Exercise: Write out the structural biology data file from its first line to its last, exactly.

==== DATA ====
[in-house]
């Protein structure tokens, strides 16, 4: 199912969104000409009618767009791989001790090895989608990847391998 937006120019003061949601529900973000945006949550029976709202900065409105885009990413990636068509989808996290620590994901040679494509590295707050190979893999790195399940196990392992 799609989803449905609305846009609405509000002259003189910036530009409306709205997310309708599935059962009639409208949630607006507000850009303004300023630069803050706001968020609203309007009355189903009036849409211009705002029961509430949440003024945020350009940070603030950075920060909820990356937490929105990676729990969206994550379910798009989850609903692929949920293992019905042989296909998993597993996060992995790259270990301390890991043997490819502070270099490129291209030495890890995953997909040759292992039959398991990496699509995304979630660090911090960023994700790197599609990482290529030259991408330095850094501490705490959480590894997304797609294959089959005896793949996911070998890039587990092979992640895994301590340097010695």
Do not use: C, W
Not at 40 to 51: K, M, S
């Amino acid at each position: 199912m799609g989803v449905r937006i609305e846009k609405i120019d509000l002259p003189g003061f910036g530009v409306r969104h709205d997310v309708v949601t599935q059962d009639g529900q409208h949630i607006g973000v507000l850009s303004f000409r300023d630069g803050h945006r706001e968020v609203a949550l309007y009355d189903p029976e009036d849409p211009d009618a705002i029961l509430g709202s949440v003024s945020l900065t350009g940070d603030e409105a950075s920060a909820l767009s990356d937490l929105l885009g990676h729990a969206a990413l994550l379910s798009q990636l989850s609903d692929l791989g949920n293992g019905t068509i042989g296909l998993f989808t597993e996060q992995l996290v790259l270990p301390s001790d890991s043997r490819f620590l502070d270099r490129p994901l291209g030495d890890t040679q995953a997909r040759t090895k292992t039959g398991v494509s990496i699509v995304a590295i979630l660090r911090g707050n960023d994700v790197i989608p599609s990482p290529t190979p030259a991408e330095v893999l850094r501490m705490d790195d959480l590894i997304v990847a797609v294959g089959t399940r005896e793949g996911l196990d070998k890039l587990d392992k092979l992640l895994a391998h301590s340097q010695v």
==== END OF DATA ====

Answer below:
[in-house]
């Protein structure tokens, strides 16, 4: 199912969104000409009618767009791989001790090895989608990847391998 937006120019003061949601529900973000945006949550029976709202900065409105885009990413990636068509989808996290620590994901040679494509590295707050190979893999790195399940196990392992 799609989803449905609305846009609405509000002259003189910036530009409306709205997310309708599935059962009639409208949630607006507000850009303004300023630069803050706001968020609203309007009355189903009036849409211009705002029961509430949440003024945020350009940070603030950075920060909820990356937490929105990676729990969206994550379910798009989850609903692929949920293992019905042989296909998993597993996060992995790259270990301390890991043997490819502070270099490129291209030495890890995953997909040759292992039959398991990496699509995304979630660090911090960023994700790197599609990482290529030259991408330095850094501490705490959480590894997304797609294959089959005896793949996911070998890039587990092979992640895994301590340097010695």
Do not use: C, W
Not at 40 to 51: K, M, S
């Amino acid at each position: 199912m799609g989803v449905r937006i609305e846009k609405i120019d509000l002259p003189g003061f910036g530009v409306r969104h709205d997310v309708v949601t599935q059962d009639g529900q409208h949630i607006g973000v507000l850009s303004f000409r300023d630069g803050h945006r706001e968020v609203a949550l309007y009355d189903p029976e009036d849409p211009d009618a705002i029961l509430g709202s949440v003024s945020l900065t350009g940070d603030e409105a950075s920060a909820l767009s990356d937490l929105l885009g990676h729990a969206a990413l994550l379910s798009q990636l989850s609903d692929l791989g949920n293992g019905t068509i042989g296909l998993f989808t597993e996060q992995l996290v790259l270990p301390s001790d890991s043997r490819f620590l502070d270099r490129p994901l291209g030495d890890t040679q995953a997909r040759t090895k292992t039959g398991v494509s990496i699509v995304a590295i979630l660090r911090g707050n960023d994700v790197i989608p599609s990482p290529t190979p030259a991408e330095v893999l850094r501490m705490d790195d959480l590894i997304v990847a797609v294959g089959t399940r005896e793949g996911l196990d070998k890039l587990d392992k092979l992640l895994a391998h301590s340097q010695v």